A Madison County landmark and regular community-gathering place for the past 30 years will close at the end of the month.
Bill’s Bar-B-Que, located at the corner of Hwy. 29 South and Fortson Store Road, will serve up its last plate of pulled pork sandwiches, stew and chicken mull on Saturday, Dec. 28.
Brothers Tom Patterson and Bob Lance say they’re excited, and a little nervous, about closing up the place they’ve lived and breathed since opening it with their older brother and the restaurant’s namesake, the late Bill Lance, on Sept. 9, 1983.
“It’s just time to hang it up,” Lance said. “I’m not sure exactly what I’m going to do after being a part of this for so long. Really, truly I dread it.” His wife Brenda still works part-time and he jokes that “she may go full-time” when he’s home all the time.
Lance retired from a phone company after 36 and half years; before that he worked his “day job” then came to Bill’s at night to cook and work the counter. After retiring from the phone company, he settled into working more at Bill’s.
His half-brother, Tom Patterson, will continue running Patterson Farms with his wife Carol. The farm on Sanders Road is a sheep farm where they also train sheep dogs and runs annual sheep dog trials.
And especially as they prepare to close the doors, the brothers remember their older brother Bill Lance, who died ten years ago.
Though Bill retired in 1998, he remained an integral part of the operation until his death, and his memory remains very much alive today.
“We still laugh and talk about things he did or said, he was a card,” Lance said. “It still seems like he’s here sometimes.”
The brothers said Bill still came to the restaurant often as long as his health would allow even after he retired, even sometimes filling in for one of them if they needed to be off.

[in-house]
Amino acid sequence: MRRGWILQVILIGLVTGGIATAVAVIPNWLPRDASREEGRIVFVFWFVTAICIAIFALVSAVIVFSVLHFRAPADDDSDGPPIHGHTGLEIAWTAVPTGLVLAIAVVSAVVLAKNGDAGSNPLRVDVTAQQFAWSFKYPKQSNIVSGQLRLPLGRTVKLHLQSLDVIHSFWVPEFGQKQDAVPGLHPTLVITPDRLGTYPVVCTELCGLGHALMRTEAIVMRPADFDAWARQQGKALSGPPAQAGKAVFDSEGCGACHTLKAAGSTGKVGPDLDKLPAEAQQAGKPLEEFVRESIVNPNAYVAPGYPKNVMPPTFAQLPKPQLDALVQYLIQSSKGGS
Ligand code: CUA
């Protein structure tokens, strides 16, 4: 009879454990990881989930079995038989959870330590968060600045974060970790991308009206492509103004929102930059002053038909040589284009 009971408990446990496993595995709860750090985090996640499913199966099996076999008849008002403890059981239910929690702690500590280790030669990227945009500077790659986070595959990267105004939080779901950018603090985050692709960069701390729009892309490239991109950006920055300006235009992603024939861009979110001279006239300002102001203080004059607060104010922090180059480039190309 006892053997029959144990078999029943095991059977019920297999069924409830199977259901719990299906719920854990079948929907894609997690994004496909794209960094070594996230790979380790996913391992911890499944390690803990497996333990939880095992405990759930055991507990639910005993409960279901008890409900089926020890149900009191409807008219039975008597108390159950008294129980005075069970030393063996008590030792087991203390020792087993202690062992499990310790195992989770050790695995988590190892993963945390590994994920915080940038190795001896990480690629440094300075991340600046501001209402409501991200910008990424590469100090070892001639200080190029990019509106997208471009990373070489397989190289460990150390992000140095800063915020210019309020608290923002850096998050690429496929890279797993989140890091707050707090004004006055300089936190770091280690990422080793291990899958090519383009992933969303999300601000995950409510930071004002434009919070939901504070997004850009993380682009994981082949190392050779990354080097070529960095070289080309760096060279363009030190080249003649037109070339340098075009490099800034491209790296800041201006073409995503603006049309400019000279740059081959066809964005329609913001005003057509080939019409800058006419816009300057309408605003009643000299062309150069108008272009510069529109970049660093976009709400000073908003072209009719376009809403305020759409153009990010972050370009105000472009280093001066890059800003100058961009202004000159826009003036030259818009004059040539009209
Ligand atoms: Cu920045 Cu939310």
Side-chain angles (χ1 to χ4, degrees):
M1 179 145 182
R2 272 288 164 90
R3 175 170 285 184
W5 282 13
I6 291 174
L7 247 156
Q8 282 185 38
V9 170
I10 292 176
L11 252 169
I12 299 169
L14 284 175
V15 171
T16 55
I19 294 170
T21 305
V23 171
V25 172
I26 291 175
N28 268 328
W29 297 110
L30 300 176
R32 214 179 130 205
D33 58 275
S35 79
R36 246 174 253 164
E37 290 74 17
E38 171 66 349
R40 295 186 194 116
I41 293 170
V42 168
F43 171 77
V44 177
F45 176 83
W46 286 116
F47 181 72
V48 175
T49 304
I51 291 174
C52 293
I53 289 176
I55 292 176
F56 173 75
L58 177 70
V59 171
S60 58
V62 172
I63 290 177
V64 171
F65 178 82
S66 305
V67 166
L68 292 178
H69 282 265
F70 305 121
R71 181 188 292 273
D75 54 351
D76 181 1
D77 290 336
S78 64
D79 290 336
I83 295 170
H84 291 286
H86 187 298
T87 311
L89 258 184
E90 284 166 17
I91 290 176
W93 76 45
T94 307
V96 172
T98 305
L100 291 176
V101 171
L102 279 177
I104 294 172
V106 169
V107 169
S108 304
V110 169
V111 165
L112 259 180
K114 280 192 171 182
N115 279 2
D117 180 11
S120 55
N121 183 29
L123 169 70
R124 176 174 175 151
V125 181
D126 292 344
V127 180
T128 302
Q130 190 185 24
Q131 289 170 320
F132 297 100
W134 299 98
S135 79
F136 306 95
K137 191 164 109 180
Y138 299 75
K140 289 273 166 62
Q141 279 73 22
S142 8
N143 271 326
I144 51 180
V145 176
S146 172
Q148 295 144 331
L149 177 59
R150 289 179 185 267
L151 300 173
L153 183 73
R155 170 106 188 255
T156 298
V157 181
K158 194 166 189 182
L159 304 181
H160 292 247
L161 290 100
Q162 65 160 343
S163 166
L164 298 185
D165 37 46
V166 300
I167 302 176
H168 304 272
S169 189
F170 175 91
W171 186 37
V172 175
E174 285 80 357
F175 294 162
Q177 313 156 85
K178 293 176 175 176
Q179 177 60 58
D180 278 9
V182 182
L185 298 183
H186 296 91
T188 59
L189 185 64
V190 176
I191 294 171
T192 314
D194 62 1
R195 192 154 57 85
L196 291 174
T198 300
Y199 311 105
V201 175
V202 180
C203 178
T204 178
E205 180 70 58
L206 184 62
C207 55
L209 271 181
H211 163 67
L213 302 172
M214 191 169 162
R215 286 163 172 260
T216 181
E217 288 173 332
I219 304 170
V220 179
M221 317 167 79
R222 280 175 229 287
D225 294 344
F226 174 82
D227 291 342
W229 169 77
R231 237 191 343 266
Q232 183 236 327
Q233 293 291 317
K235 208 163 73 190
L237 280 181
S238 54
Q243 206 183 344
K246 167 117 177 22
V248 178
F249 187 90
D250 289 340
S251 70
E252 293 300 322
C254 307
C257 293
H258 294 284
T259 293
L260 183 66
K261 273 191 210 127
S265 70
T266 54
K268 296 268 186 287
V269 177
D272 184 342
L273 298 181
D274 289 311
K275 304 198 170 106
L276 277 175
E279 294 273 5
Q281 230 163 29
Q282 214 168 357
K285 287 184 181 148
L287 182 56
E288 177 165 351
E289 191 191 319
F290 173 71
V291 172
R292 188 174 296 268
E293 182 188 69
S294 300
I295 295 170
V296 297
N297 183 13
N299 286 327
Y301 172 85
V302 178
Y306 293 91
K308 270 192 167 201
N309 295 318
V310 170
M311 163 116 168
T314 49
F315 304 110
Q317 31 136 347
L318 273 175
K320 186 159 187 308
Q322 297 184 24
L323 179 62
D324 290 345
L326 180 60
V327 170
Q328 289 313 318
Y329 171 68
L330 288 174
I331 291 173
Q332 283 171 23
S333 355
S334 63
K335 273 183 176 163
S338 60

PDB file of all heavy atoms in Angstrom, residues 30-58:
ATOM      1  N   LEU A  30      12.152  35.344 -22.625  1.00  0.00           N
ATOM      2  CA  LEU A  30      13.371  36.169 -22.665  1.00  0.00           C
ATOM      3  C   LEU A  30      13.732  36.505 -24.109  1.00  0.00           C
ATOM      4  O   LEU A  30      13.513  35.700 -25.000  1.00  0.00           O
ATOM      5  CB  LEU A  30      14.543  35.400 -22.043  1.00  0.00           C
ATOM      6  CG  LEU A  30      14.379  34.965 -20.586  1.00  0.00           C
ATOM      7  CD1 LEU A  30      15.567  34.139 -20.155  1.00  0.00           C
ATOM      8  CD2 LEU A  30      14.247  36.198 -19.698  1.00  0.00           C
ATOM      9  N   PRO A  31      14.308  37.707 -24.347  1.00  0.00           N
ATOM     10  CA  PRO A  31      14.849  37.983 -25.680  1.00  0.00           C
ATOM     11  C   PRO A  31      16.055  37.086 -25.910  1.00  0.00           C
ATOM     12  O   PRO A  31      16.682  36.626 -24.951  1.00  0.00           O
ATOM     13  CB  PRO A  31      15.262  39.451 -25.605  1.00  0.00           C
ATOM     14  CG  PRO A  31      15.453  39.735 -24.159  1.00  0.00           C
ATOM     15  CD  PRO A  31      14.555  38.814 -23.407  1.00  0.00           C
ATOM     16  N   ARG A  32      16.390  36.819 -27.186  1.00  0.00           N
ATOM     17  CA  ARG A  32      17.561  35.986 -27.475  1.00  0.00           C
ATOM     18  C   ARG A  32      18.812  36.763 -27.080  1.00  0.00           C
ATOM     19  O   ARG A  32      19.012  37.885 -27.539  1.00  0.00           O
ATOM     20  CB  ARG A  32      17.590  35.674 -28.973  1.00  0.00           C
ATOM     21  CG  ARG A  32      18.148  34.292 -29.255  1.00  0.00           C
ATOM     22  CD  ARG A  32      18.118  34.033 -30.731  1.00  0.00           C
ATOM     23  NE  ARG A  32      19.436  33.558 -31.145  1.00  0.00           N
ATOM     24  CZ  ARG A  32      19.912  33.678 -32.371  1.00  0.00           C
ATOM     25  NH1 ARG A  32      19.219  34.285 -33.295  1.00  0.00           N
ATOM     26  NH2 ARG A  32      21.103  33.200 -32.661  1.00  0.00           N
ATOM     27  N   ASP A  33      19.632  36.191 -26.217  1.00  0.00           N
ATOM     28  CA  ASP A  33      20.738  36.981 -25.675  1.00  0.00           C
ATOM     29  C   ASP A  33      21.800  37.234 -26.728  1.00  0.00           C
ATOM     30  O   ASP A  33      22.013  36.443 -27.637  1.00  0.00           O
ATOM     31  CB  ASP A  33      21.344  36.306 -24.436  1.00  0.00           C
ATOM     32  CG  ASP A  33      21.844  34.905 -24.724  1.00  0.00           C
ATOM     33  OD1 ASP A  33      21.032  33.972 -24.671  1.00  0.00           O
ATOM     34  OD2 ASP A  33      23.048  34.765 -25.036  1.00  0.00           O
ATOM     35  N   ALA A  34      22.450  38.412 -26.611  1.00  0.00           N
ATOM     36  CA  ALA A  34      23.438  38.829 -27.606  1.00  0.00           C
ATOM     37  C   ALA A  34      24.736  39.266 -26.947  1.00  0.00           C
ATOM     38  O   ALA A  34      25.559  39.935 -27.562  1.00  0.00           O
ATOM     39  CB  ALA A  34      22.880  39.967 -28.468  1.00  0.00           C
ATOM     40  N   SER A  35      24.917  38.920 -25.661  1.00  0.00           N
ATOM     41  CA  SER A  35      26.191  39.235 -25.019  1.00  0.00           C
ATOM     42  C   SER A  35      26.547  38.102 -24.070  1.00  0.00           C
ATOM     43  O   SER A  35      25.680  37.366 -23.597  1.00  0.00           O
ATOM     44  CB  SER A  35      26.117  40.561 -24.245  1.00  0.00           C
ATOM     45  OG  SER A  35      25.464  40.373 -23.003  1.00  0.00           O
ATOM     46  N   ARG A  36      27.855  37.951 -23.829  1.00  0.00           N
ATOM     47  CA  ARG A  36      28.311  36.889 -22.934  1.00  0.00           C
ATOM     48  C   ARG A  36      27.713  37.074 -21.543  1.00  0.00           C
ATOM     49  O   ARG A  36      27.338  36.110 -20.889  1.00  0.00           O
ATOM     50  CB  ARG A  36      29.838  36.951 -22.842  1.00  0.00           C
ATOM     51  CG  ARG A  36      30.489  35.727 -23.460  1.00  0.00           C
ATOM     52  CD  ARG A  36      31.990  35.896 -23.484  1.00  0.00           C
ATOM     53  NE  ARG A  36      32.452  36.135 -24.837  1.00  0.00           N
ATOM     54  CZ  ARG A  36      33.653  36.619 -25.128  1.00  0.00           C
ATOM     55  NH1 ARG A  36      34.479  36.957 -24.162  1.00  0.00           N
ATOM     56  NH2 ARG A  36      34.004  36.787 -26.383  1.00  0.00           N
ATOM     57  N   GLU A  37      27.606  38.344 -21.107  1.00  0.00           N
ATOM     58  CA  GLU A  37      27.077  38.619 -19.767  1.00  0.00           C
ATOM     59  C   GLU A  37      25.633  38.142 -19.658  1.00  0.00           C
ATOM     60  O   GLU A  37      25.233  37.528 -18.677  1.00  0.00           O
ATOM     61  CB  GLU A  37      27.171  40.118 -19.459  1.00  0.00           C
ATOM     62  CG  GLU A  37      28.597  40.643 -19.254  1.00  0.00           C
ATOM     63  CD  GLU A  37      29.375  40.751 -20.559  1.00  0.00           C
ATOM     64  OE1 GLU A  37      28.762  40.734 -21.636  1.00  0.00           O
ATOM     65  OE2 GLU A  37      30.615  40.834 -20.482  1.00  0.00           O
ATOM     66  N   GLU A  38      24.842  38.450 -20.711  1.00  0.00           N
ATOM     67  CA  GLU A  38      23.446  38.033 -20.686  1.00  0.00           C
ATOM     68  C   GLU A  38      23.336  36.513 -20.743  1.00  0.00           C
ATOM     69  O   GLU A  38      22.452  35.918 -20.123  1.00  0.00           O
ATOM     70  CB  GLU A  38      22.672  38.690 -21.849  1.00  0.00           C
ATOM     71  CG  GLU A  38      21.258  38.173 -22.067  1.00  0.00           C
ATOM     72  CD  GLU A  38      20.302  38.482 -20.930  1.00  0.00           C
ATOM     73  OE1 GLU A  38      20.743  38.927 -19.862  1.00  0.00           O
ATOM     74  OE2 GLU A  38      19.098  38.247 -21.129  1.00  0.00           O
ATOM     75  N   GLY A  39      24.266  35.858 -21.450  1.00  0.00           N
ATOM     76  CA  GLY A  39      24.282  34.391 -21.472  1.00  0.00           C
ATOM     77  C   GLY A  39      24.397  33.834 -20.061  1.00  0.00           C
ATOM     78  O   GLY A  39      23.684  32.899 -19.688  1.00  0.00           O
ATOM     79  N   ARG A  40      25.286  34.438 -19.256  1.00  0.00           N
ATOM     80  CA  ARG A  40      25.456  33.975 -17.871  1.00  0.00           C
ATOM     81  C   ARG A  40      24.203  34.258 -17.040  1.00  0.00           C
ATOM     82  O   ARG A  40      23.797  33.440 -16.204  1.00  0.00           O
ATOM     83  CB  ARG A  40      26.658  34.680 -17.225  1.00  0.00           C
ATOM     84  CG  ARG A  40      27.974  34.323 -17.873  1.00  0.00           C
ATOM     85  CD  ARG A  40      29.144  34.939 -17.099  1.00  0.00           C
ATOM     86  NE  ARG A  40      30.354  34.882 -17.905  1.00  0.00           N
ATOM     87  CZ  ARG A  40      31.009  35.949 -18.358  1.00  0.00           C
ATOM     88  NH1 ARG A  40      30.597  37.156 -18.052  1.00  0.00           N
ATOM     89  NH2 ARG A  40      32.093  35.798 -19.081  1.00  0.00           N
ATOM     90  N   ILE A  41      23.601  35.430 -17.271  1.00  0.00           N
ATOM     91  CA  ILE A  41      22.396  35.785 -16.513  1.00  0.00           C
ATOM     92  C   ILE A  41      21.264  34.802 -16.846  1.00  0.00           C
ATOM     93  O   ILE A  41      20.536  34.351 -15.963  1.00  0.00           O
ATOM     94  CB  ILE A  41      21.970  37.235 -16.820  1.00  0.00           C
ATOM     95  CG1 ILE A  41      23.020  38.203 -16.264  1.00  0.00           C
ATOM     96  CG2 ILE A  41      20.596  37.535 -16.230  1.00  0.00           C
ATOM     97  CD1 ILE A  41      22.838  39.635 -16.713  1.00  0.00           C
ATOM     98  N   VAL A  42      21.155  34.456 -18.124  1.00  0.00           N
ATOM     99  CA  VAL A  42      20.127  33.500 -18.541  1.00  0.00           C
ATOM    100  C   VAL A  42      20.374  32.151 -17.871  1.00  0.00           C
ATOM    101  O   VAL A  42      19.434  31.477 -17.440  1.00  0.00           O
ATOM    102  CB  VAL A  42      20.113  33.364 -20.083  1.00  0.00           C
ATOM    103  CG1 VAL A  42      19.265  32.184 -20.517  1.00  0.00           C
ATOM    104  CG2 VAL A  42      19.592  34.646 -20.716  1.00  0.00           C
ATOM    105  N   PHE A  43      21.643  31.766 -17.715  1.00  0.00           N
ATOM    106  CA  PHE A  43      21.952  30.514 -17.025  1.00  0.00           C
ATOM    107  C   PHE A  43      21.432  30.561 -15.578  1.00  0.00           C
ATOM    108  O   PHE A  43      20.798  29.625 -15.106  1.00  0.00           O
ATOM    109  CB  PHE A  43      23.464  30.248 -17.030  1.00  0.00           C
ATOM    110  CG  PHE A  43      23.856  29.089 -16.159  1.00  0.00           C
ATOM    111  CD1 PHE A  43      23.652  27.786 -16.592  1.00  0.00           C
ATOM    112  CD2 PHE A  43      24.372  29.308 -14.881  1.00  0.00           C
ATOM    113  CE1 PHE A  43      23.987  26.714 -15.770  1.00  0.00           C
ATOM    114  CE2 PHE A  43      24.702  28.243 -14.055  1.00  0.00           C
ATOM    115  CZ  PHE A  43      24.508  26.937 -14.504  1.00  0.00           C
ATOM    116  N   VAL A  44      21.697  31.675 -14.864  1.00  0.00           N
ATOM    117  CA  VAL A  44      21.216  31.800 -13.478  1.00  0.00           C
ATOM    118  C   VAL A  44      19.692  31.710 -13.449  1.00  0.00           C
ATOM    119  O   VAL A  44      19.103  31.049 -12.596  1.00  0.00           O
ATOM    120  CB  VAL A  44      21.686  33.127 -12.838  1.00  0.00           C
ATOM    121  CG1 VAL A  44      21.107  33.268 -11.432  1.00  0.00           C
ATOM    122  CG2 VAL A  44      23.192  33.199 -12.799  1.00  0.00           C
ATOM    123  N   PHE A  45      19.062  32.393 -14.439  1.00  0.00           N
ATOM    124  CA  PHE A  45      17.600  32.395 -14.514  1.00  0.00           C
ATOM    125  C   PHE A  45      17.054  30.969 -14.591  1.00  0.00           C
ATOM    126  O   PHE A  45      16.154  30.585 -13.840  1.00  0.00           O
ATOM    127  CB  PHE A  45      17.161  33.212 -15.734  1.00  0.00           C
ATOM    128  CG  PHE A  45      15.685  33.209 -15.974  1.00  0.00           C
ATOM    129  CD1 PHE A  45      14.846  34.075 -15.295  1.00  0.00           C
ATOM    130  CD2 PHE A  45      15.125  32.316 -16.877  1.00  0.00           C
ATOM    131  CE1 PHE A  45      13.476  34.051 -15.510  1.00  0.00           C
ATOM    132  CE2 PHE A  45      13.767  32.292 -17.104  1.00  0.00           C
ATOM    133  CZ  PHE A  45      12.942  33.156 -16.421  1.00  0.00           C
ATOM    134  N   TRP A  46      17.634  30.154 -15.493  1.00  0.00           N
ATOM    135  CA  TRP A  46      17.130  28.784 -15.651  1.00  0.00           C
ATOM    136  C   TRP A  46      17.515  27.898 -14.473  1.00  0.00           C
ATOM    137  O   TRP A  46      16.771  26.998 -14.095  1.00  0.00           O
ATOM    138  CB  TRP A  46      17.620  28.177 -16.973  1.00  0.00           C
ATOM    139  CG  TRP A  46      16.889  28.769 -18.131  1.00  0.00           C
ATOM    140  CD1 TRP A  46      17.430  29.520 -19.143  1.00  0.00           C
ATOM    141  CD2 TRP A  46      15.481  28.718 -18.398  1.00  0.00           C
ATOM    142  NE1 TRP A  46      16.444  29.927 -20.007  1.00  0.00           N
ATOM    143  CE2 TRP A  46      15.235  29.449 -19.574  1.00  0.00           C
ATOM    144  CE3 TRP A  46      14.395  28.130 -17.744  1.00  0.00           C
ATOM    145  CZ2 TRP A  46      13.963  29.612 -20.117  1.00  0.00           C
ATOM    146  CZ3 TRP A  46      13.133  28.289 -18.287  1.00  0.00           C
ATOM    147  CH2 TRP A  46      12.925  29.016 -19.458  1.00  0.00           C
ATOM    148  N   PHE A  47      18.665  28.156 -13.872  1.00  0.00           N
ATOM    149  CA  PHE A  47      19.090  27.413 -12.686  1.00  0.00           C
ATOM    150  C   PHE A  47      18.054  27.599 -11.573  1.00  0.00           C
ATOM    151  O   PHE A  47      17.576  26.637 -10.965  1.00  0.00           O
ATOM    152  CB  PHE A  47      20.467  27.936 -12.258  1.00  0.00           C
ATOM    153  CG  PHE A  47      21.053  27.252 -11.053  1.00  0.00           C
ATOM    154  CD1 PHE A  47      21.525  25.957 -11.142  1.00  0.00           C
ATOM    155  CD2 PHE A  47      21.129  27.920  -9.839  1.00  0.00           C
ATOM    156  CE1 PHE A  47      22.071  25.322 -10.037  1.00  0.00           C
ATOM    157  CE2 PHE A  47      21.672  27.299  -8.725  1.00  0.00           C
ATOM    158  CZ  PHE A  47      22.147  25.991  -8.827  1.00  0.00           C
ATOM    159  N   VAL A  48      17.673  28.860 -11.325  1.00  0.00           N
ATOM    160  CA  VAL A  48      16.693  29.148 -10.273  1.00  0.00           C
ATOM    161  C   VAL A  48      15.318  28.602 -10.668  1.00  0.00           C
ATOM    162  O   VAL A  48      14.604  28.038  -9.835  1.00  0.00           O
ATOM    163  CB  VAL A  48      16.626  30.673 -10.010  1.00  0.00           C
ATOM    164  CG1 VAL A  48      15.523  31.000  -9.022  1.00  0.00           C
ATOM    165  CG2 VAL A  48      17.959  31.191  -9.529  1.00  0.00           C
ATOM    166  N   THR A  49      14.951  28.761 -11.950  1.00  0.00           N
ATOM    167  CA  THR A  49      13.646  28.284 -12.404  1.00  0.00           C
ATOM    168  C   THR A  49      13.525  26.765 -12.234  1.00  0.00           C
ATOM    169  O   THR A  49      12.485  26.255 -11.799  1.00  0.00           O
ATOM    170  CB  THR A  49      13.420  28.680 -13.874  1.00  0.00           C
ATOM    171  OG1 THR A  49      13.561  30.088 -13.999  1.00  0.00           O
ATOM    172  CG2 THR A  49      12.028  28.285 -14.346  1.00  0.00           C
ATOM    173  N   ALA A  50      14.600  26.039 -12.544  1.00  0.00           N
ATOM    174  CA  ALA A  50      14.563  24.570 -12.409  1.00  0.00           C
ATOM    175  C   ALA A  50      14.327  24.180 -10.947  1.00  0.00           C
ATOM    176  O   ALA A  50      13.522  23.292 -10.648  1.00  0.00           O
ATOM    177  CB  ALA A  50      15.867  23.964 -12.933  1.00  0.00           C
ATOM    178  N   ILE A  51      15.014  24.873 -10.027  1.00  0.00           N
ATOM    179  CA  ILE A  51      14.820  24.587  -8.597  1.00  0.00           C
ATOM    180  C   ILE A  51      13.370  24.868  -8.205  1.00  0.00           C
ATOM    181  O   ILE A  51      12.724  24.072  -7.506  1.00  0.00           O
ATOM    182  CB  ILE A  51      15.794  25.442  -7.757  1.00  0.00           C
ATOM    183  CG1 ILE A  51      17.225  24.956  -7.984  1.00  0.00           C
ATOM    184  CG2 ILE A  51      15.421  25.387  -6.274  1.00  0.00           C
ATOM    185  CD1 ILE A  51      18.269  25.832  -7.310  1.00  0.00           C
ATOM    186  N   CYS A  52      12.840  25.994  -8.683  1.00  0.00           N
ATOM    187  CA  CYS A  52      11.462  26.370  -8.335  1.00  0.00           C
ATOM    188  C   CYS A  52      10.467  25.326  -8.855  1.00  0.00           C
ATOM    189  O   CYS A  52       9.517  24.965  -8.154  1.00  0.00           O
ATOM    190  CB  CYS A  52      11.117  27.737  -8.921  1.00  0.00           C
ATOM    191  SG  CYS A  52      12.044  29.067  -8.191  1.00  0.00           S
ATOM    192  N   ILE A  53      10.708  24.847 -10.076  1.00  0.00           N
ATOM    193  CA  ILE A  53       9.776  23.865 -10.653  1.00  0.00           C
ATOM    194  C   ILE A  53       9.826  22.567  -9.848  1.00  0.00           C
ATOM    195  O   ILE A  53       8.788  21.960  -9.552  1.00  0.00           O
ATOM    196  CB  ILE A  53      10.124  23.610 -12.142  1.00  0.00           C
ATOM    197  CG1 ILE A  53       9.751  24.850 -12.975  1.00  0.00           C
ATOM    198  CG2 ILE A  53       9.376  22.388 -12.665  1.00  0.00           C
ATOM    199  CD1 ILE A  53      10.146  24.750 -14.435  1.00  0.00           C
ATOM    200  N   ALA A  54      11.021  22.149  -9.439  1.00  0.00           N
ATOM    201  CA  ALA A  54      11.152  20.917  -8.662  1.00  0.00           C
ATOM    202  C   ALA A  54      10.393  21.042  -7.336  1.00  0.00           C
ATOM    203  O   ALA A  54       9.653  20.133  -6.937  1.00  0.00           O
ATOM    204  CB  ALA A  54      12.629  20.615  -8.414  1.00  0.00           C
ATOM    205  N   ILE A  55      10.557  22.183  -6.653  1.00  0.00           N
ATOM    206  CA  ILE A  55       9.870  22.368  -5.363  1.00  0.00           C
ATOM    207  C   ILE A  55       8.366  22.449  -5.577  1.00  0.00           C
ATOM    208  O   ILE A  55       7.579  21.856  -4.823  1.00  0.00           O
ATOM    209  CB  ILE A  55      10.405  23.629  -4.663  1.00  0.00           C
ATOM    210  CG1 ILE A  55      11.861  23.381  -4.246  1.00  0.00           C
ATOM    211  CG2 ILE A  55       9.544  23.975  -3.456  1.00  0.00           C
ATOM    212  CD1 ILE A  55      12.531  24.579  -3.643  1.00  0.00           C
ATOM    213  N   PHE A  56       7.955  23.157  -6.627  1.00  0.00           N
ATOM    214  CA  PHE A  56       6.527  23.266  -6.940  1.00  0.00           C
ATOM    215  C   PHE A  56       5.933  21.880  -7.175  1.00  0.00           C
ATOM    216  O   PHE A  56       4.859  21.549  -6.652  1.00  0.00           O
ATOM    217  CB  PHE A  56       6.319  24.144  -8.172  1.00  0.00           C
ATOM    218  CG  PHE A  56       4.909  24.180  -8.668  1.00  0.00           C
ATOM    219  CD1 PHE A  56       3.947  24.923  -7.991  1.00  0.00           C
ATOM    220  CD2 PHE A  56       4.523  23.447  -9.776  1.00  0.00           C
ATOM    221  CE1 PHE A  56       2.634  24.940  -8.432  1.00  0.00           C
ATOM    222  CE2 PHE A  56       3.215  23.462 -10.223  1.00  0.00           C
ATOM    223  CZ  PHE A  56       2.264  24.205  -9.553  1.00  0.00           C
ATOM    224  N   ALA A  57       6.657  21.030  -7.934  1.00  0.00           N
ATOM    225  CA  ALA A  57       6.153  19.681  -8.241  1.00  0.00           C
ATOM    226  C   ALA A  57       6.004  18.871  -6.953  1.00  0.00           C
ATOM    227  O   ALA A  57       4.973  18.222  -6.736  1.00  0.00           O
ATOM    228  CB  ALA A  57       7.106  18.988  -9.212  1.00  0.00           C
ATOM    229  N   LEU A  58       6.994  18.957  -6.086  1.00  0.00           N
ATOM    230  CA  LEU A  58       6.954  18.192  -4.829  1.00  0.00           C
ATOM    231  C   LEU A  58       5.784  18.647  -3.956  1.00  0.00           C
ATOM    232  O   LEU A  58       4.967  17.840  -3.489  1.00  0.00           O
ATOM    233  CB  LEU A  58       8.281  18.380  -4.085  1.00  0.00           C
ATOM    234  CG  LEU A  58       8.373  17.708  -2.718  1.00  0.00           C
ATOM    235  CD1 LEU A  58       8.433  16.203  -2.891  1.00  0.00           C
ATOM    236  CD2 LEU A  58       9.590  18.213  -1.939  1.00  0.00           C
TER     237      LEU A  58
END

Things have changed a lot since the three brothers decided to build and operate a barbecue restaurant on the site of an uncle’s former car lot. When they opened, the restaurant sat across from Fortson’s Store, another landmark that is no more.
“Ms. Helen gave me my first job pumping gas at the store,” Patterson said. “She was a good lady, kind to everyone.”
Bill, the brothers say, was the impetus for the restaurant; after all he was an experienced restaurateur, having run the Riverside Café (now Weaver D’s) in Athens for 17 years.
Other than Fortson’s Store, the area was mostly wooded back then. Since that time of course, the intersection, known locally as “Dogsboro” has grown into a busy commercial intersection.
They remember their first customer – a lady by the name of “Mary” who ran a beauty shop in a small building next door.
“We have been blessed since we opened the doors,” Patterson said. “Customers have remained loyal to us as the area has grown up and more places have opened. For that we are truly grateful.”
Over those 30 years, many “regulars” have also come and gone.
“There’s a whole table of folks who used to come every week and sit right there,” Lance said, pointing to a table up front. “They’re every one of them passed away now.”
Both brothers said it’s easy to grow attached to people you see every week.
There are others who came as kids with their families and have moved away. Sometimes those parents will come by to pick up some barbecue or chicken mull to send or take to them.
“That makes you feel good,” Patterson said.
One “regular” who still comes by as often as possible is Carl Epps, a former Athens mailman.
“He is probably our most loyal customer these days,” Patterson said.
They’ve also had many loyal longtime employees over the years and two of those ladies, Angie Allen and April Hawks, will be on hand to help them close up the business.
“It’s bittersweet,” Patterson said.
The brothers hope someone will ultimately decide to buy the building and keep a restaurant going, though they know it won’t be the same – after all there is only one “Bill’s Bar-B-Que.”